Are Dumbbells Safer Than Barbells?

Not all weights are equal. Adding weights to your workouts increases the intensity, but dumbbells and barbells each bring their risks and rewards. In this guide, we’ll weigh up which weight is safest and give you some expert tips on training safely.

Quick answer: Which is safest?

Dumbbells are the safer option overall; however, like any other piece of gym equipment, the best way to prevent injury is to maintain proper form and use weights properly. Dumbbells are easy to use and are adaptable. Barbells, on the other hand, carry a higher risk of injury.

Are dumbbells and barbells dangerous?

Adding weights to any workout carries an increased risk for injury. From strains to impingements, opening your strength training to weights can lead to a trip to the doctor.

The dangers of dumbbell and barbell workouts come from the equipment itself and your technique when using it.

Lifting too much and lifting too fast can be the cause of some significant injuries.

You can rupture tendons, pull or strain muscles, and cause other tissue damage. Moving beyond the natural range of motion when lifting weights is also dangerous. Forcing your body into flexibility with added weights can over-extend your joints.

Having improper form is something to look out for when adding weights to your workout. When you introduce dumbbells and barbells to your training, there is a higher strain on your body, and form becomes more important than ever.

One wrong move can tweak your back or cause an injury, so it’s better to start light.

Dumbbells and barbells each come with their own potential dangers that you should be cautious of before you start to lift. Let’s look at some of the risks with each type of weight.

What can go wrong with dumbbells?

What can go wrong with dumbbells

Dumbbells are a good starting point for introducing weight into your workouts, but they’re not fool proof. It’s not enough to pick out a set of dumbbells and just start lifting.

The most common dumbbell training mistakes are:

  • Trying to lift too much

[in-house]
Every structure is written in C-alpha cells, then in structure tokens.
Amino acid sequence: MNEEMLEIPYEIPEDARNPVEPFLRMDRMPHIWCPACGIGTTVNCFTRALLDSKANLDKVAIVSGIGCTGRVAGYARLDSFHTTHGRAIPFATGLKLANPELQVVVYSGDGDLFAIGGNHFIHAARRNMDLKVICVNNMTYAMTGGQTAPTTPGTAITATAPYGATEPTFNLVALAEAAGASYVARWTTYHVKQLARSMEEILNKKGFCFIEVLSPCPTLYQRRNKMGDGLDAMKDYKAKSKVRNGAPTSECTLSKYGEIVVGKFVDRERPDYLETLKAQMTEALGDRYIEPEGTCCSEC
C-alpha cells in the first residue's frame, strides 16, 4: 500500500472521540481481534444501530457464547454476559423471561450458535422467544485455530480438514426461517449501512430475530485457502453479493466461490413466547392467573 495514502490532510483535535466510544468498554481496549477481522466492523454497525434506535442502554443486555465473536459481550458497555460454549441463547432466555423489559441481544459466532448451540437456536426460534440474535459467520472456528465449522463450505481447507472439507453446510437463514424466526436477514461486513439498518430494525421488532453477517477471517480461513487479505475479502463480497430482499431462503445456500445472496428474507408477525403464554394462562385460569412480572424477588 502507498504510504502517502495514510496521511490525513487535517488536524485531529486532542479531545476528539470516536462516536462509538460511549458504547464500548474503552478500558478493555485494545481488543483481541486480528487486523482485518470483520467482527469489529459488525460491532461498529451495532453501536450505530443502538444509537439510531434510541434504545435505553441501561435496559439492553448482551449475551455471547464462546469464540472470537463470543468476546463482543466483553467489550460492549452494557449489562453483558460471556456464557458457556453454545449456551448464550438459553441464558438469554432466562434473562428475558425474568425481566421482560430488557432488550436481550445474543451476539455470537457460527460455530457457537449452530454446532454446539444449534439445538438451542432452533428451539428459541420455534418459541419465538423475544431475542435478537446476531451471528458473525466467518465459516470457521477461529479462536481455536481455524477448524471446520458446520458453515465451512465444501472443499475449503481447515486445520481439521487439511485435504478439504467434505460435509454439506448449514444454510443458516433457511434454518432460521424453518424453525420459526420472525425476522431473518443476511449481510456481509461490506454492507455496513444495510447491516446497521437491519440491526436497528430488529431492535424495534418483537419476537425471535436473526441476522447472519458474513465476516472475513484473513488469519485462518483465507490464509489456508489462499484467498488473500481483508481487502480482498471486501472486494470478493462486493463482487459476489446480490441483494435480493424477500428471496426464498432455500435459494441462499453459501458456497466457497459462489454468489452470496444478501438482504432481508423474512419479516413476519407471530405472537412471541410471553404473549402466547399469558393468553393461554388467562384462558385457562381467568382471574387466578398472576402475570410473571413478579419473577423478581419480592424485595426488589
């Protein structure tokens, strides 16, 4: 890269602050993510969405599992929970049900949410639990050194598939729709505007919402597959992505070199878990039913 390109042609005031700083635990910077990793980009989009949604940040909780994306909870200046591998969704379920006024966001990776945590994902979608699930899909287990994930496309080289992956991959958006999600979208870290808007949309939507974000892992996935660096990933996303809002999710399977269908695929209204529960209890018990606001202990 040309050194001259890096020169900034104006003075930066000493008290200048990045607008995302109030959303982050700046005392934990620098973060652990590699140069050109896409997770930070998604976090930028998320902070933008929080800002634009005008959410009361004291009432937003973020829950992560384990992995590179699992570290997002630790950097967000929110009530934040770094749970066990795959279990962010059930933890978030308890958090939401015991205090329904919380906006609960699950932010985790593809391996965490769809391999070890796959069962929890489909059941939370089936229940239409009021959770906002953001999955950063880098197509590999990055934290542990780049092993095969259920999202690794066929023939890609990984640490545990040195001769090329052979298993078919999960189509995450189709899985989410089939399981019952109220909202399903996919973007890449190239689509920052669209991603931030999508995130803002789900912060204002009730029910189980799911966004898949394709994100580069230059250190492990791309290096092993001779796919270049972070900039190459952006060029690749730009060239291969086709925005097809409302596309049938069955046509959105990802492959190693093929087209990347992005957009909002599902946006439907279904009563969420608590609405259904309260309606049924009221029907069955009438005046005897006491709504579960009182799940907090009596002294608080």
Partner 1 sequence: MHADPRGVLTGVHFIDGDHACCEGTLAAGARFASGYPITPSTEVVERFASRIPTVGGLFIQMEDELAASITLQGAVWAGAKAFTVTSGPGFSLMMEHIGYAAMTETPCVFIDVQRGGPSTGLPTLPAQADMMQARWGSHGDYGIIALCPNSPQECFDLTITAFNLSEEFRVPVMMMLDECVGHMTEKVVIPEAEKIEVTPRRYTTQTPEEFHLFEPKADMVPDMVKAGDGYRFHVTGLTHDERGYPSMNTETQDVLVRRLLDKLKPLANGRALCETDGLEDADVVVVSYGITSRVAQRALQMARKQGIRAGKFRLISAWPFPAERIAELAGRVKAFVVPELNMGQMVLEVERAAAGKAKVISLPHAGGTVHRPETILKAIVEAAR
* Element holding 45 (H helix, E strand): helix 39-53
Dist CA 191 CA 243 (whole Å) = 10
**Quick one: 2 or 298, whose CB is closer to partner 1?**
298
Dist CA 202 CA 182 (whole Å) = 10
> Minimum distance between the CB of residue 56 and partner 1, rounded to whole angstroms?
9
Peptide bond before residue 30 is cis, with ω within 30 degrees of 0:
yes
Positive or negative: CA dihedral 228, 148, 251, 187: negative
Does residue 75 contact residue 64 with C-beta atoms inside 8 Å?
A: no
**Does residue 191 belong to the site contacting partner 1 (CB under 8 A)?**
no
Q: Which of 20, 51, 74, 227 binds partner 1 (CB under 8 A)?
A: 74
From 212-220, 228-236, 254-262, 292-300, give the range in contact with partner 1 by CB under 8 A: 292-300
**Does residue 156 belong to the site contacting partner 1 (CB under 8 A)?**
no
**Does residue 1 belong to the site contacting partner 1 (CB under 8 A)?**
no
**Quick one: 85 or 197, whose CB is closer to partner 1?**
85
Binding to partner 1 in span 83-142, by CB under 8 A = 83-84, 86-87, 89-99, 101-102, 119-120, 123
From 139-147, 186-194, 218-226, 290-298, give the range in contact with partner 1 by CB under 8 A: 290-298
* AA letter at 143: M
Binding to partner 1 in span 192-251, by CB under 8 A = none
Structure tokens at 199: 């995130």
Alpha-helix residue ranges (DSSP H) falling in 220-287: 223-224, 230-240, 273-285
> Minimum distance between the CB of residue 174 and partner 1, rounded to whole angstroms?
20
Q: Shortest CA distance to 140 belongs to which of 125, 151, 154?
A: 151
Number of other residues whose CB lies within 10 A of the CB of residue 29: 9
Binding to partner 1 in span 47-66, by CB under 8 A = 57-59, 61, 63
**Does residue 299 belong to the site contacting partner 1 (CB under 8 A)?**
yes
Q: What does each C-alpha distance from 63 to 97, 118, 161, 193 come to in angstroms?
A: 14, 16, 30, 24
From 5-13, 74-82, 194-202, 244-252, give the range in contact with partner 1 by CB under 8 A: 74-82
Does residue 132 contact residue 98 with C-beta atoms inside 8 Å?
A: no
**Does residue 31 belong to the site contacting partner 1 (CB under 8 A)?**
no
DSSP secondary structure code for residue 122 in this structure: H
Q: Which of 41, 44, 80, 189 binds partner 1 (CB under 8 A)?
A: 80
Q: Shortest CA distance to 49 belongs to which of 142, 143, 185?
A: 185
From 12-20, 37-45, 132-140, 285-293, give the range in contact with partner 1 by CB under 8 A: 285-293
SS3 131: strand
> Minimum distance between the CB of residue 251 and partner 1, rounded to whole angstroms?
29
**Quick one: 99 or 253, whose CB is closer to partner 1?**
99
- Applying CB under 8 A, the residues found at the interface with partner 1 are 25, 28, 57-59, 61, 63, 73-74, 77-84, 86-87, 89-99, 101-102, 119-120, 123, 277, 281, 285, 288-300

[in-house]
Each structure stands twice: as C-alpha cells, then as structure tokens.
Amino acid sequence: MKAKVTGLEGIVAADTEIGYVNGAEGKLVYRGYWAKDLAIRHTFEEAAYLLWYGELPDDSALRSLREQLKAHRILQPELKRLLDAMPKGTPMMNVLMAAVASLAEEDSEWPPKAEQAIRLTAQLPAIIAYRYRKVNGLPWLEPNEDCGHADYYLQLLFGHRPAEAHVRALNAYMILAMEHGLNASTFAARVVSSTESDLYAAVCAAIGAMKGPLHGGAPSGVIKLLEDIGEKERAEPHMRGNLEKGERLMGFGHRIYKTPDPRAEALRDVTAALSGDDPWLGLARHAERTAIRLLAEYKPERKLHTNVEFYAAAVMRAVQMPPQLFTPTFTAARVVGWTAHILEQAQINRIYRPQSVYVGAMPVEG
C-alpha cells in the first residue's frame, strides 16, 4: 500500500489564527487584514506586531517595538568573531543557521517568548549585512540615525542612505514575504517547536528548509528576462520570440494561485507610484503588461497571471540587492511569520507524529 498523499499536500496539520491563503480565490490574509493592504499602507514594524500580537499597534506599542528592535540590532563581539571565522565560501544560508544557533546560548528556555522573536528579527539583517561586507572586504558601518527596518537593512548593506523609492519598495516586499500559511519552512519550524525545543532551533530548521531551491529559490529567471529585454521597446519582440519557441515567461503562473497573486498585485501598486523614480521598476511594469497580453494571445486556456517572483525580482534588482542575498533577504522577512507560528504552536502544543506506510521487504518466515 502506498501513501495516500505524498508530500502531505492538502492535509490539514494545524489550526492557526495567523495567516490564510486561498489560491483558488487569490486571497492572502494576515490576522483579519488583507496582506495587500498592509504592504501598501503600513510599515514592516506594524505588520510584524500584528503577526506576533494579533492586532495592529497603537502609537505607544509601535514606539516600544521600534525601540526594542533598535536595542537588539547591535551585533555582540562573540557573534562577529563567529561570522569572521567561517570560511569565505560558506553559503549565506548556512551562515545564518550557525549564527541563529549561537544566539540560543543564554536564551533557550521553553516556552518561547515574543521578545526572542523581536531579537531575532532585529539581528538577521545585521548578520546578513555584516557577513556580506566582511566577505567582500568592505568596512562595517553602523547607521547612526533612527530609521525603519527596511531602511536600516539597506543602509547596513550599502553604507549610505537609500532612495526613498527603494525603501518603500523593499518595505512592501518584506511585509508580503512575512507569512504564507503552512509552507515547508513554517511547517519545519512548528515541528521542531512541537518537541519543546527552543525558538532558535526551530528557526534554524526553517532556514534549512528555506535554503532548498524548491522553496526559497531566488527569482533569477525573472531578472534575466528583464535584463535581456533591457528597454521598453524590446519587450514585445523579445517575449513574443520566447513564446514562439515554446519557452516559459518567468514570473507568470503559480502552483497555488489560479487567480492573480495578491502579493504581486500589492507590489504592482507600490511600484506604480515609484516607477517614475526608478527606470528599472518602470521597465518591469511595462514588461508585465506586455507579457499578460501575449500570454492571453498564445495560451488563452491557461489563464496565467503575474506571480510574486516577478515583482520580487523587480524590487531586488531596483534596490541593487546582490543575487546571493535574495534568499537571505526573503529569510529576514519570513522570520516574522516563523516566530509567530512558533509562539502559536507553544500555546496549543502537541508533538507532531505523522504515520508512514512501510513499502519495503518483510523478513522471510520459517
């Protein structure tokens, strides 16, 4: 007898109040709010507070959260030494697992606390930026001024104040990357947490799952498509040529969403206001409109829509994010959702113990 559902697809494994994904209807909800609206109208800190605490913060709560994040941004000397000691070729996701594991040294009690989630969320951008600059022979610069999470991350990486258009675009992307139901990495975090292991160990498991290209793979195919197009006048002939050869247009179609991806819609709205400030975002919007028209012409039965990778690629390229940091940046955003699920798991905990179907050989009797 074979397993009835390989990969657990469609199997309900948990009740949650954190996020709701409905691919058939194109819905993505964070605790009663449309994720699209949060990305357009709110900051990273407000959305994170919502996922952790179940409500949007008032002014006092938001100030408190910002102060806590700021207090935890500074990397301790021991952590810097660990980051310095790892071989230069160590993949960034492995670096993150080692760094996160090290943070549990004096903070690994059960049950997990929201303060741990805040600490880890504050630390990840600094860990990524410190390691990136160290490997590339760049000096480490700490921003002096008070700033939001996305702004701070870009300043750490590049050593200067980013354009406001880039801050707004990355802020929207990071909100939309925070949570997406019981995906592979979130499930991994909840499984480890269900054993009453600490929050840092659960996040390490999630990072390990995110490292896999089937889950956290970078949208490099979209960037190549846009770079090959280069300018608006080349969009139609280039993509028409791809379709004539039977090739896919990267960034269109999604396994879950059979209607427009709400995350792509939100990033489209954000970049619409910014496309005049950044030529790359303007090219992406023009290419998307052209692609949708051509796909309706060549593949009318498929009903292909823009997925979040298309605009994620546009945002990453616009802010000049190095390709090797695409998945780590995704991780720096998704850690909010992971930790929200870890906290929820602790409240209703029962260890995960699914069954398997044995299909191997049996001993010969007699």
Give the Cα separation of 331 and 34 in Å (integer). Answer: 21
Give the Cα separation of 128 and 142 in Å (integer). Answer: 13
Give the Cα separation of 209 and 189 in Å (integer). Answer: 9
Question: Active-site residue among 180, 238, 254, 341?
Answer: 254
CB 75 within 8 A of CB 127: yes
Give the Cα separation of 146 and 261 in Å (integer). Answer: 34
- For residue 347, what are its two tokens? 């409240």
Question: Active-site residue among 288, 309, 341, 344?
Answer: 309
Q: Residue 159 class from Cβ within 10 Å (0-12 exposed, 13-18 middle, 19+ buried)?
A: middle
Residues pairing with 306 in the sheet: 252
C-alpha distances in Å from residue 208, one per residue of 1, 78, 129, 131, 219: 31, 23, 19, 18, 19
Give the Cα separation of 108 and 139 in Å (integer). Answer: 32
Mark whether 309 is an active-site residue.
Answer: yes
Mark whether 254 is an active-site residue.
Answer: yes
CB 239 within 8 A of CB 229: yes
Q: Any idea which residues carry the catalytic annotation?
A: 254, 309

• Rushing
  • Losing form
  • Holding your dumbbells incorrectly

Any of these can lead to a preventable injury.

Three safe dumbbell training tips

Here’s a quick rundown of some of the basics you need to know to train safely with hand weights.

  1. Keep your wrists straight – The essential thing to watch for is that you are holding your weights with straight wrists. Your wrists need to be straight to keep good control of your grip and avoid any injury.
  2. Don’t rely on momentum – Using momentum to move your weights is also an indicator that you’re lifting too heavy. When you’re relying on momentum, you’re not actually working the muscles you’re trying to target.
  3. Use the right weight for the right job – When it comes to using dumbbells, don’t assume you will need the same set of weights for every exercise. The muscles in your body are unbalanced, and there will be stronger muscles than others, so needing different weights is normal. By forcing your body to use dumbbells that are too heavy, you’ll experience muscle fatigue, pain, and potential injury. *

* I lost months of training trying to lift dumbbells that were around 10kg too heavy. I did this three times before I dropped the weight and made some really positive gains. Lesson learned. Lifting a weight that’s too heavy can really set your training back.


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What can go wrong with barbells?

What can go wrong with barbells

Barbells are less forgiving than dumbbells. They’re heavier, so emphasis on form is even more pressing. If you don’t have a firm grip, don’t engage your core, or start lifting too heavy too fast, you’re going to end up hurting yourself.